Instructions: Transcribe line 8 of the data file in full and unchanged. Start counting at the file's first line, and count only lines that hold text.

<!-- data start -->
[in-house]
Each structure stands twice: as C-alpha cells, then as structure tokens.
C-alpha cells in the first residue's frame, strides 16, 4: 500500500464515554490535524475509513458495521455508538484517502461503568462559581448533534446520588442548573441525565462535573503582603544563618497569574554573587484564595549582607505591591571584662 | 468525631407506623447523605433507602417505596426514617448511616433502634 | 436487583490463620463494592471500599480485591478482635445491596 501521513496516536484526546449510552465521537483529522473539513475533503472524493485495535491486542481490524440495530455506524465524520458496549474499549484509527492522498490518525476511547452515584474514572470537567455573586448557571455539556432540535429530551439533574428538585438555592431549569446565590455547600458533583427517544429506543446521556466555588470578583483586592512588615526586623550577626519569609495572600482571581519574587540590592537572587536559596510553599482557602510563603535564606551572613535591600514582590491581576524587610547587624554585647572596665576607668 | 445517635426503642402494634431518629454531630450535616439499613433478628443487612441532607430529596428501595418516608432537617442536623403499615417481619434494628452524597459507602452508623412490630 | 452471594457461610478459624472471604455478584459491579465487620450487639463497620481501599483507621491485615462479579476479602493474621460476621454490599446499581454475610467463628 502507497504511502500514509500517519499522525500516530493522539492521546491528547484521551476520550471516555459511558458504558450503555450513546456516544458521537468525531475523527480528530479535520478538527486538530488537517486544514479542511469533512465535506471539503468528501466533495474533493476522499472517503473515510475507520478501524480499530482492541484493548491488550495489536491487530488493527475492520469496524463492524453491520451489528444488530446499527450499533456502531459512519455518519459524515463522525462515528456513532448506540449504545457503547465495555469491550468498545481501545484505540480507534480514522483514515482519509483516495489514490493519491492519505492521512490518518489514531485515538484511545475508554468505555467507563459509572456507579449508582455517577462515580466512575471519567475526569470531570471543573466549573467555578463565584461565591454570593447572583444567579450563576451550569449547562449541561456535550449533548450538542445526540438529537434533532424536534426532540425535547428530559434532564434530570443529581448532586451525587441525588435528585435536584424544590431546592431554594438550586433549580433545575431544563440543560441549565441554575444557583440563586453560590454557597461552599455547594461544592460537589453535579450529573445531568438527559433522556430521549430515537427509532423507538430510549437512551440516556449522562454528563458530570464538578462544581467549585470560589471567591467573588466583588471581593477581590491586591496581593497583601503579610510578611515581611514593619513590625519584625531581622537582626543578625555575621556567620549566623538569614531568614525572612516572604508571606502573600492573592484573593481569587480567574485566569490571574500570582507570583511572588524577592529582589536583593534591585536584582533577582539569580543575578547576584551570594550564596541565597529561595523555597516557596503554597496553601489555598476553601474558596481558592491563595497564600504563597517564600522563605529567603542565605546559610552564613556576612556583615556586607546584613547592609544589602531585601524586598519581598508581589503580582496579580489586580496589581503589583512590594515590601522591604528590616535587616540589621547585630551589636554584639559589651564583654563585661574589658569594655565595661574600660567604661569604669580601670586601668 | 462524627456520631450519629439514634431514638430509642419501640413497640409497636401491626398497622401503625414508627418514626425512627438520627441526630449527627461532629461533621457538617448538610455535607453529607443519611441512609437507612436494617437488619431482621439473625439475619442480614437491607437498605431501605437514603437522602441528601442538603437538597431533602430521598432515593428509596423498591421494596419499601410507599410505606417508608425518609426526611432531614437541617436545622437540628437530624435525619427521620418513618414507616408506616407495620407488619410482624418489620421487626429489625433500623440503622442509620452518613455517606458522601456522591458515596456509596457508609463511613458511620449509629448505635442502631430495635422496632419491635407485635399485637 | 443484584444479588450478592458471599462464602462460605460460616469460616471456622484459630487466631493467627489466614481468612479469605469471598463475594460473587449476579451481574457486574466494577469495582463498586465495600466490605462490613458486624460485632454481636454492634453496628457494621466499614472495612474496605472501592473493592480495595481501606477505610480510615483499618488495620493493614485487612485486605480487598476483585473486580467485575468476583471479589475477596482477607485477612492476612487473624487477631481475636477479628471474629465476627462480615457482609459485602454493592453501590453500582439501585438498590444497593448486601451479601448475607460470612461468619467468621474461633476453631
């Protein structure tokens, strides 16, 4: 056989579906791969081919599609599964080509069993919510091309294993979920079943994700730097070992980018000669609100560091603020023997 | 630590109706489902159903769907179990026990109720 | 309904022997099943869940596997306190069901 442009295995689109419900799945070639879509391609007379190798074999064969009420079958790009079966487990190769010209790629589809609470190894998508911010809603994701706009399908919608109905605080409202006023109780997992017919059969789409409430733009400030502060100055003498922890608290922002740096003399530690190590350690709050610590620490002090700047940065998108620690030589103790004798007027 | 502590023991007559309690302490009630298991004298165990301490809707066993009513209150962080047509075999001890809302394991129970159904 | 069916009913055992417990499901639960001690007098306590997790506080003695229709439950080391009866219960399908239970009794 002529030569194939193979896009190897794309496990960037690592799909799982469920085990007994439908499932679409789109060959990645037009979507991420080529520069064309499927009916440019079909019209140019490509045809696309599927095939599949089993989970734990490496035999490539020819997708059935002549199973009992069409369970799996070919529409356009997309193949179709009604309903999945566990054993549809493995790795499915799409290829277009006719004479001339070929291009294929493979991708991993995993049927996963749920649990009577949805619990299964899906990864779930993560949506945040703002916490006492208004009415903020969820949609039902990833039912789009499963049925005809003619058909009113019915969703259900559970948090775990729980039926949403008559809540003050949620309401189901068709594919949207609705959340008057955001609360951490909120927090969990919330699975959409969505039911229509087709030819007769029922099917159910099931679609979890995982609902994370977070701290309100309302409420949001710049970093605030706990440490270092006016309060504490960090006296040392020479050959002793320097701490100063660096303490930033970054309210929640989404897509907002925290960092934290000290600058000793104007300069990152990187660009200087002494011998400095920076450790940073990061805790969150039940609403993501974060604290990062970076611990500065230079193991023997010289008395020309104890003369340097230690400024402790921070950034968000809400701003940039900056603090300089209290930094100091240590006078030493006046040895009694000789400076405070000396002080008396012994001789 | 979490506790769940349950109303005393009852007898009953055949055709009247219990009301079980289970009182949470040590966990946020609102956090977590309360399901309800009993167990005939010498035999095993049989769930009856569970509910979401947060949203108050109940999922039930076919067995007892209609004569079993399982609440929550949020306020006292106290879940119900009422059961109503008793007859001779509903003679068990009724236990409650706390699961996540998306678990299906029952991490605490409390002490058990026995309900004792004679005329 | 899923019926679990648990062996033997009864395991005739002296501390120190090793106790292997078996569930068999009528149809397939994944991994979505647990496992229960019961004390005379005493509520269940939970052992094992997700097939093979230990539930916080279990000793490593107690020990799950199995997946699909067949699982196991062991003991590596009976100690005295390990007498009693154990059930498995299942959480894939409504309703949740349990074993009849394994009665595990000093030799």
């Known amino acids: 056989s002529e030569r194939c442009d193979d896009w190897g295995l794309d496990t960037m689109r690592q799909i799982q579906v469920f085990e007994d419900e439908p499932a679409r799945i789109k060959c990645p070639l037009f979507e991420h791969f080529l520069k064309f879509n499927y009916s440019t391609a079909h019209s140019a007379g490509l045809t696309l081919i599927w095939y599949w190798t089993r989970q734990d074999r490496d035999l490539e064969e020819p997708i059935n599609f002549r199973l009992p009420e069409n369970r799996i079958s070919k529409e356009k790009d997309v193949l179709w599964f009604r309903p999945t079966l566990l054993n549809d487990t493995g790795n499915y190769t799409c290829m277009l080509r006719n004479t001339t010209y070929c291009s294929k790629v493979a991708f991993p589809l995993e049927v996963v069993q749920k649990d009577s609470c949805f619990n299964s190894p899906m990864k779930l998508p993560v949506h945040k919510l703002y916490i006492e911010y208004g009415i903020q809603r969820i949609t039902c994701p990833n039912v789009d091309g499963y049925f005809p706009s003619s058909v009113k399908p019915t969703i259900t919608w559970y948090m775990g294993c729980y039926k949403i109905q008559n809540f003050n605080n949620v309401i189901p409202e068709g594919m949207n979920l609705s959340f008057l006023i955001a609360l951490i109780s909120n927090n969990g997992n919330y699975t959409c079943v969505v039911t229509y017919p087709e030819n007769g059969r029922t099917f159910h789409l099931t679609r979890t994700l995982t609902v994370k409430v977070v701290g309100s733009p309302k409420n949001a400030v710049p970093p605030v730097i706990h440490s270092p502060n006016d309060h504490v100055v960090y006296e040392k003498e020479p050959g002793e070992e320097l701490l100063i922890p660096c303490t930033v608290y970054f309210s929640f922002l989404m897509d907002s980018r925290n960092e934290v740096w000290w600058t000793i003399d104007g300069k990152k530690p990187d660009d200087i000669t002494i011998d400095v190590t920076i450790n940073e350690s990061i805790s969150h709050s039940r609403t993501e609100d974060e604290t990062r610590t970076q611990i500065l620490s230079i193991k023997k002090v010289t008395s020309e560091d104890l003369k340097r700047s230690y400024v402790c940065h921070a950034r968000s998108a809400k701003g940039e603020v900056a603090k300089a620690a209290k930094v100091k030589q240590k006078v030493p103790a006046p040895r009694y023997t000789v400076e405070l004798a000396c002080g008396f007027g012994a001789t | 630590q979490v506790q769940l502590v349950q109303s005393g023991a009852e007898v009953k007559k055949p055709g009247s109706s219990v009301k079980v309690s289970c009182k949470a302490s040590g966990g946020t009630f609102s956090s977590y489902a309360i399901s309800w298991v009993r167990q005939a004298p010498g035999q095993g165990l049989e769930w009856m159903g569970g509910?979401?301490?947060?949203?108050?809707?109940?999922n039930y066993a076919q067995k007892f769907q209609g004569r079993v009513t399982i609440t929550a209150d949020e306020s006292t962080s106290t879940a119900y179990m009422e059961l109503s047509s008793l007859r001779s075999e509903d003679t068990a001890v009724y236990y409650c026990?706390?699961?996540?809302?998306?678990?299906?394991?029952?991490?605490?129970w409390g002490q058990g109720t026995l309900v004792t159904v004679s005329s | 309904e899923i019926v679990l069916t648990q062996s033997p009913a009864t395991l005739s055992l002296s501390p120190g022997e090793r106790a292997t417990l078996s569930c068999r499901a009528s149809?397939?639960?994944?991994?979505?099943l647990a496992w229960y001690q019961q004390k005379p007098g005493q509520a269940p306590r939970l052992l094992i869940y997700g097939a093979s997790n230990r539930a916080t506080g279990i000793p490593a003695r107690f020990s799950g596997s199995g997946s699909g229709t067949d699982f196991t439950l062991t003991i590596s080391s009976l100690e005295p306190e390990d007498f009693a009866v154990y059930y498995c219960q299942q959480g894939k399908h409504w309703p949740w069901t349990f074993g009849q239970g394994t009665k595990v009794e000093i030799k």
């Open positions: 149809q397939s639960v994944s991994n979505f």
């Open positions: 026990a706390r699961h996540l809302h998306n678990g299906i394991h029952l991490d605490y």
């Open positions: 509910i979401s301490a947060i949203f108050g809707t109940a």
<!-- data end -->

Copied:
């Open positions: 509910i979401s301490a947060i949203f108050g809707t109940a």